The modern world moves at a dizzying speed, with so many techy answers to age-old questions (How am I sleeping? Am I sick?). So, there’s totally room for equally savvy solutions to slow the pace—especially since technology may be bad for your mental health.
And sometimes, the sagest advice is the oldest advice: The words of ancient philosophers and intellectuals can actually help solve some very 2017 problems when applied accordingly.
So while you may not be able to control your toxic boss‘ behavior (because, you know, free will), consider applying some words of wisdom from these folks to help you respond better to certain situations. You may just be surprised by how well this ancient #realtalk resonates today.
Take in 3 seriously timeless pieces of advice below.
1. “Beware of the barrenness of a busy life.”—Socrates
Although we’ve always had important stuff to do, the proliferation of instant gratification and access through smartphones and computers have made people busier. Or at least want to seem busier.
But the cult of busyness is full of pitfalls, which include everything terrible that happens when you’re stressed, as well as skipping out on much-deserved and needed TLC time. Socrates pretty much told us to Zen out in a really fancy way, TBH.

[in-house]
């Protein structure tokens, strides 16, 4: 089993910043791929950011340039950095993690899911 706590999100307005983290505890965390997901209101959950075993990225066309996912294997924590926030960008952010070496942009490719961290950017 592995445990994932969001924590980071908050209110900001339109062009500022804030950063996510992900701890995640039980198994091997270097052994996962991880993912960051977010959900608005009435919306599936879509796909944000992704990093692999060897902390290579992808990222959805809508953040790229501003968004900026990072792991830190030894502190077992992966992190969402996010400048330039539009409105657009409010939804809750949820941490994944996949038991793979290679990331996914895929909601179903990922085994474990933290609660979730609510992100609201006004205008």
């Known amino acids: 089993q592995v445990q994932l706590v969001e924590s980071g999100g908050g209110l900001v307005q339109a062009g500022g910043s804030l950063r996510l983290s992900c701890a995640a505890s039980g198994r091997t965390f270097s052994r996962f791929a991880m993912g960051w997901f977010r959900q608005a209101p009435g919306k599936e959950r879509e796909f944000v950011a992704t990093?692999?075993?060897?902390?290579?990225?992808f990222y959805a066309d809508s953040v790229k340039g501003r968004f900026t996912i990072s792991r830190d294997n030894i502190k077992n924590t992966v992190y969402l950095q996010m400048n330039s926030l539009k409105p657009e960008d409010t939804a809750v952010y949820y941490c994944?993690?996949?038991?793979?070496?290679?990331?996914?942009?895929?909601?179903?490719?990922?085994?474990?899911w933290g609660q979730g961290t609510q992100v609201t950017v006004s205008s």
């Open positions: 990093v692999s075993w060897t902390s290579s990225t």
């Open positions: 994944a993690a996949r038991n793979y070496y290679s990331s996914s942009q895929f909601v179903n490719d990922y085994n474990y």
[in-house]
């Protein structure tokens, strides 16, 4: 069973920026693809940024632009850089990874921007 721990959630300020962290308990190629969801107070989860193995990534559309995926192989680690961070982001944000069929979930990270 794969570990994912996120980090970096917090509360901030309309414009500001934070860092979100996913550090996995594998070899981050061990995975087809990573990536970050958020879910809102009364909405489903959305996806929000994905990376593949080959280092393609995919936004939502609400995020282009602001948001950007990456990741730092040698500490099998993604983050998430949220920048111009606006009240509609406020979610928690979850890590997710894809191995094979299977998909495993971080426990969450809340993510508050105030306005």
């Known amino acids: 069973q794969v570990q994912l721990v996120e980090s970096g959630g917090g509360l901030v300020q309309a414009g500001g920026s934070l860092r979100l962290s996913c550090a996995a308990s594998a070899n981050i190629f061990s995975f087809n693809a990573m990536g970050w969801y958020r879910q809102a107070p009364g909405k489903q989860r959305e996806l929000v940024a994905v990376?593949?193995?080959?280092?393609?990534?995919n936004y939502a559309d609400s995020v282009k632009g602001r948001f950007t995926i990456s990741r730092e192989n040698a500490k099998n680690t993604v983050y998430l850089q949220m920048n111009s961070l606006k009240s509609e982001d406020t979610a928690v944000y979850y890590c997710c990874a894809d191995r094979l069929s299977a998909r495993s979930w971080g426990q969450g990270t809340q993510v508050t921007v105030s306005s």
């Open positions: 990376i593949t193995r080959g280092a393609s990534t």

2. “The greatest wealth is to live content with little.”—Plato
In addition to a technological boom, there’s also just been a lot more stuff to have. It’s a problem that a resurgence of minimalism has answered.
The trend, seen especially in style and decor, is the yin to the yang of today’s chaos and overwhelming number of choices Practice what Plato preached, and learn to do more with less—maybe start with a trimmed-down packing list for your next trip that would make Marie Kondo proud.
3. “True happiness is…to enjoy the present without anxious dependence on the future.”—Seneca
Enjoying the present is, essentially, the practice of mindfulness. Try it right now even if you never have before (after all, the benefits of meditation aren’t just reserved for your yoga-obsessed bestie).
Sure, Seneca, a Roman philosopher and dramatist, didn’t have an Instagram feed to worry about curating like a wellness pro, but if he did, he’d probably still know when to unplug and be present. I mean, mindfulness improves your workouts, your mood, and even can help you deal with chronic illnesses.
But if you’re someone who has trouble sitting still for long periods of time—employ one of these meditation apps to help you start living more mindfully, even just for a minute a day.
Living in the now requires a whole tool kit. Read how wellness execs achieve work-life balance and one blogger’s tips for staying authentic on social media.
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